Both musicians bring a wide variety of skills to share with the organization in addition to their love of old time and bluegrass music. Edwards, a Commerical Credit Analyst and Banking Officer at Grayson National Bank, will be providing his services as Treasurer. McFarlane, Chief Operating Officer of MedPro Rx, Inc, plans to help JAM, Inc with promotion and fundraising. McFarlane lives in Raleigh, North Carolina with his wife, Mayor Nancy McFarlane.
The Board of Directors of Junior Appalachian Musicians, Inc invests their time throughout the year in fundraising efforts and overall management of the non-profit. Edwards and McFarlane are only adding to the array of talent that already exists on the board. Specializations of members include law, curriculum development, evaluation, folklore, Appalachian studies, music, dance, festival promotion, teaching and filmmaking. JAM, Inc not only provides services, resources and supplies to JAM program affiliates, but offers consultative services to communities developing JAM programs, a standards-based curriculum about Appalachian music for public school teachers, and much more.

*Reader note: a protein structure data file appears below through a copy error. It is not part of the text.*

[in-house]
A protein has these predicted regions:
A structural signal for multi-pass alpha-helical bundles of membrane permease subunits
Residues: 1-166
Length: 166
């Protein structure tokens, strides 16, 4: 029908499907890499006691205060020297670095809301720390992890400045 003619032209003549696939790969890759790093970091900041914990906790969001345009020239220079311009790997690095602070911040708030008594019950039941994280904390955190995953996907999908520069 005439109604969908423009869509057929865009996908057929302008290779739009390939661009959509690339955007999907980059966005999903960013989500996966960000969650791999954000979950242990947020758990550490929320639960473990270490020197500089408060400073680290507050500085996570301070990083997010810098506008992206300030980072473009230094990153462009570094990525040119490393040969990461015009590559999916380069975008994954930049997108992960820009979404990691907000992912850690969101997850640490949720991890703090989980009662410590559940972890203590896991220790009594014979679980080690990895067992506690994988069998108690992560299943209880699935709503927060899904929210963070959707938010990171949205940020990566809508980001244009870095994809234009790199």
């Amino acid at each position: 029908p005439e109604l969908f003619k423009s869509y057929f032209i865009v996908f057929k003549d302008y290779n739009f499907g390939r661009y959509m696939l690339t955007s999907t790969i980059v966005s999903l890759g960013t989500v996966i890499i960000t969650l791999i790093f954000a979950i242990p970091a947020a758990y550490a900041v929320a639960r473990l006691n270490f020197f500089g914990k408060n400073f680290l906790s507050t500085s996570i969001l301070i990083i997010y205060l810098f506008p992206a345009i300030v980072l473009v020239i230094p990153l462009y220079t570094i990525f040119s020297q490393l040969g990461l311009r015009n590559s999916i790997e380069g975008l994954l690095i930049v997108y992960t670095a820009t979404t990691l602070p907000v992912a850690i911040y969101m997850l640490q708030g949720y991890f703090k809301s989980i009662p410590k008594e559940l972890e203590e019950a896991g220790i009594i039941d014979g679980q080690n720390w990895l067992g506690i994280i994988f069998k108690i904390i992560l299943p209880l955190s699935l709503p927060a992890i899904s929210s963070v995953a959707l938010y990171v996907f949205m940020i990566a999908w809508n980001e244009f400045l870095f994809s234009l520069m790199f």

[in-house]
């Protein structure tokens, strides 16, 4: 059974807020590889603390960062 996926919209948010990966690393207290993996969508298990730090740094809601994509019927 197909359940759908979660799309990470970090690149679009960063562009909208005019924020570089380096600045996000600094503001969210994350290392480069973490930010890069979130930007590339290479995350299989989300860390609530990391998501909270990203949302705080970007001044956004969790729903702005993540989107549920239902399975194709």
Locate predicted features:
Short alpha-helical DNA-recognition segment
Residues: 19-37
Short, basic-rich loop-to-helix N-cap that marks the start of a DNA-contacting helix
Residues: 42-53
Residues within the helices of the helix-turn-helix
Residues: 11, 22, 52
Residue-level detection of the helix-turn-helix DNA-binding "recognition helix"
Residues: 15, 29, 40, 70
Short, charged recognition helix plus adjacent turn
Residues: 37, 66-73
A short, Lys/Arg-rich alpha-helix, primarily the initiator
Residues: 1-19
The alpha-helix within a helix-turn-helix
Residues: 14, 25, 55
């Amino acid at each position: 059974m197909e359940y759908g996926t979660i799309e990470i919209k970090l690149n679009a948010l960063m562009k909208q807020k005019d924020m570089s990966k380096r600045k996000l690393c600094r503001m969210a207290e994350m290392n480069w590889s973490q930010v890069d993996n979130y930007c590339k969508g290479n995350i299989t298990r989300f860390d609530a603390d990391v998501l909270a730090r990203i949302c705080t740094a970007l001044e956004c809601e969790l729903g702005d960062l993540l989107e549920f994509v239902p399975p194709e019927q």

We are so tickled to have these two new members on the JAM, Inc Board of Directors!
National Endowment for the Arts (NEA) Acting Chairman Joan Shigekawa announced on April 23 that Junior Appalachian Musicians, Inc. (JAM, Inc.) is one of 817 nonprofit organizations nationwide to receive an NEA Art Works grant.